A big part of the modern day wrestling thrill is when fiction crosses over into fact. A nugget of truth or flare of reality is a surefire way to engage the “smart” fan segment of the WWE audience, particularly if the breaking of the fourth wall involves a personal gripe. Why does this entertain us so much? Mostly because it appeals to the human interest in controversy and gossip, the intrigue we have as WWE fans for what’s really going on in the secretive business.

Known as a “shoot”, wrestlers have often broke character and talked about their real feelings in promos over the years. More often than not, this is usually done with WWE’s blessing, with Vince McMahon keenly aware of the buzz factor that can be generated with these story-telling devices. The “worked shoot” is now one of the most popular angles in all of wrestling, the best ones being indistinguishable from fiction and reality.

There is a corresponding consideration that shoot angles are in fact terrible. From a business point of view, much of today’s WWE audience is under 13. They’ve never seen Austin wrestle, and they have no idea who the likes of Jake the Snake are. There is also the vast number of WWE fans who never read internet sites, and just consume the content at face value.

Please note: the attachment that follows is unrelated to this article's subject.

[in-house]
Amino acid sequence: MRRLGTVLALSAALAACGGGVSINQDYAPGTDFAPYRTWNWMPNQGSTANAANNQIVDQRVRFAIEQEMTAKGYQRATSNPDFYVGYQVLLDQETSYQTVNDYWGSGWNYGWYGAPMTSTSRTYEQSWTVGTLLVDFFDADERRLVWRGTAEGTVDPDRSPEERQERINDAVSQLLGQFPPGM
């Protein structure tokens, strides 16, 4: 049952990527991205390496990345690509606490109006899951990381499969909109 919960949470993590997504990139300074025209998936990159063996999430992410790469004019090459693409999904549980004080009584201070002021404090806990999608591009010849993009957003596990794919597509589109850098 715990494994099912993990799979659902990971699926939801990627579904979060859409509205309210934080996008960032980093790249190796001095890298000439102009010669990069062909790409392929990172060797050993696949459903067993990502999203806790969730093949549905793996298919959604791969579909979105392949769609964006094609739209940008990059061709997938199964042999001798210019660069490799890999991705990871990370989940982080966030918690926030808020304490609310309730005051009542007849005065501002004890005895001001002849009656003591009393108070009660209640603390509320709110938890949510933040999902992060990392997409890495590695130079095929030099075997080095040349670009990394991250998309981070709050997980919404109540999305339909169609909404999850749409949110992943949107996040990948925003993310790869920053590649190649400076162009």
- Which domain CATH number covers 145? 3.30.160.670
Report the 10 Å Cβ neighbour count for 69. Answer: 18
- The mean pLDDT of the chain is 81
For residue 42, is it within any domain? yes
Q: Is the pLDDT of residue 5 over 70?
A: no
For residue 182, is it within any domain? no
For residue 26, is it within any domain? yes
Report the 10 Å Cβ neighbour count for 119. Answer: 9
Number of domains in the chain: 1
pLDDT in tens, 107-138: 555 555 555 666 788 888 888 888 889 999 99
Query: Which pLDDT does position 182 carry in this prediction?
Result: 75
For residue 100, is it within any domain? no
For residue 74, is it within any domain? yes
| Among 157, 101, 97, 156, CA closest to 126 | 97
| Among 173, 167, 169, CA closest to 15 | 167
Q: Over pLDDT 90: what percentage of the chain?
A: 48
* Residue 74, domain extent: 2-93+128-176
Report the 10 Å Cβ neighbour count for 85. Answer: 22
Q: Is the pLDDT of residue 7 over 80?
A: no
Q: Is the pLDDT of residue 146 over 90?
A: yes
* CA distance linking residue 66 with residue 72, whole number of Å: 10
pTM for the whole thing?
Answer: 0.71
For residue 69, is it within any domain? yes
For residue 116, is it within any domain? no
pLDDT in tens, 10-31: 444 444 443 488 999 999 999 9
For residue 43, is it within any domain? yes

For this majority of people, a shoot angle can be completely lost. However, for the fans reading internet sites such as (thanks very much, by the way), a worked shoot is probably one of your favorite angles in wrestling. Here we take a look at the ten best worked shoots of all time …

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This article was first posted on January 15, 2014